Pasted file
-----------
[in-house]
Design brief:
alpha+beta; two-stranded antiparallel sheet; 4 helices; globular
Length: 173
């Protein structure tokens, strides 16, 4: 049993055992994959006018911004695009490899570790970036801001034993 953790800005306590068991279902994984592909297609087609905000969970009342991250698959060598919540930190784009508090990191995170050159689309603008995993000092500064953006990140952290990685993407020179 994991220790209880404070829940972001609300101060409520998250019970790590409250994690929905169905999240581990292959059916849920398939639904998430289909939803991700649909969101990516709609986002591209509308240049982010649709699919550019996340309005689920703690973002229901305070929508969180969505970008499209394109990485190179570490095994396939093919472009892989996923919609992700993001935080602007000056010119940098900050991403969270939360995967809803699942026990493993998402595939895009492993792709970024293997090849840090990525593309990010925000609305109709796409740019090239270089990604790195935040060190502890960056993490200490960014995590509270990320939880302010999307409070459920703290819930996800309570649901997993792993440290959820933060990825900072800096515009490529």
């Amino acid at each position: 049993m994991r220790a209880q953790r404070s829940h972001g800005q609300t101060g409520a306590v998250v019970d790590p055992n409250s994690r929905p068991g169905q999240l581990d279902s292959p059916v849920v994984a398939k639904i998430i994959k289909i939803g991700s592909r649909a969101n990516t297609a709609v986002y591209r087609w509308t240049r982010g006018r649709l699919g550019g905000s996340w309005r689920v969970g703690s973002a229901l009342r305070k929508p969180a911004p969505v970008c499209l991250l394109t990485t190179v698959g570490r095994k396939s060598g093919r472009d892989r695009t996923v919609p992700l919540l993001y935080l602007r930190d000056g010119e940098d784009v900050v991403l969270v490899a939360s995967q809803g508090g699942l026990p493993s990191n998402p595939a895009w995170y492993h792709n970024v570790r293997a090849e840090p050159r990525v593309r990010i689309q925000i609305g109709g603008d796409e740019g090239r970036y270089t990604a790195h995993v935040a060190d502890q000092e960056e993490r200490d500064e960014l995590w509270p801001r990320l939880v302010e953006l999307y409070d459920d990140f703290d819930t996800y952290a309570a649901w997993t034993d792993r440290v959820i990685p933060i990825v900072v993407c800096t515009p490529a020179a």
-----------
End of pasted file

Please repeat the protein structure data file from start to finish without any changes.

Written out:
[in-house]
Design brief:
alpha+beta; two-stranded antiparallel sheet; 4 helices; globular
Length: 173
């Protein structure tokens, strides 16, 4: 049993055992994959006018911004695009490899570790970036801001034993 953790800005306590068991279902994984592909297609087609905000969970009342991250698959060598919540930190784009508090990191995170050159689309603008995993000092500064953006990140952290990685993407020179 994991220790209880404070829940972001609300101060409520998250019970790590409250994690929905169905999240581990292959059916849920398939639904998430289909939803991700649909969101990516709609986002591209509308240049982010649709699919550019996340309005689920703690973002229901305070929508969180969505970008499209394109990485190179570490095994396939093919472009892989996923919609992700993001935080602007000056010119940098900050991403969270939360995967809803699942026990493993998402595939895009492993792709970024293997090849840090990525593309990010925000609305109709796409740019090239270089990604790195935040060190502890960056993490200490960014995590509270990320939880302010999307409070459920703290819930996800309570649901997993792993440290959820933060990825900072800096515009490529």
């Amino acid at each position: 049993m994991r220790a209880q953790r404070s829940h972001g800005q609300t101060g409520a306590v998250v019970d790590p055992n409250s994690r929905p068991g169905q999240l581990d279902s292959p059916v849920v994984a398939k639904i998430i994959k289909i939803g991700s592909r649909a969101n990516t297609a709609v986002y591209r087609w509308t240049r982010g006018r649709l699919g550019g905000s996340w309005r689920v969970g703690s973002a229901l009342r305070k929508p969180a911004p969505v970008c499209l991250l394109t990485t190179v698959g570490r095994k396939s060598g093919r472009d892989r695009t996923v919609p992700l919540l993001y935080l602007r930190d000056g010119e940098d784009v900050v991403l969270v490899a939360s995967q809803g508090g699942l026990p493993s990191n998402p595939a895009w995170y492993h792709n970024v570790r293997a090849e840090p050159r990525v593309r990010i689309q925000i609305g109709g603008d796409e740019g090239r970036y270089t990604a790195h995993v935040a060190d502890q000092e960056e993490r200490d500064e960014l995590w509270p801001r990320l939880v302010e953006l999307y409070d459920d990140f703290d819930t996800y952290a309570a649901w997993t034993d792993r440290v959820i990685p933060i990825v900072v993407c800096t515009p490529a020179a």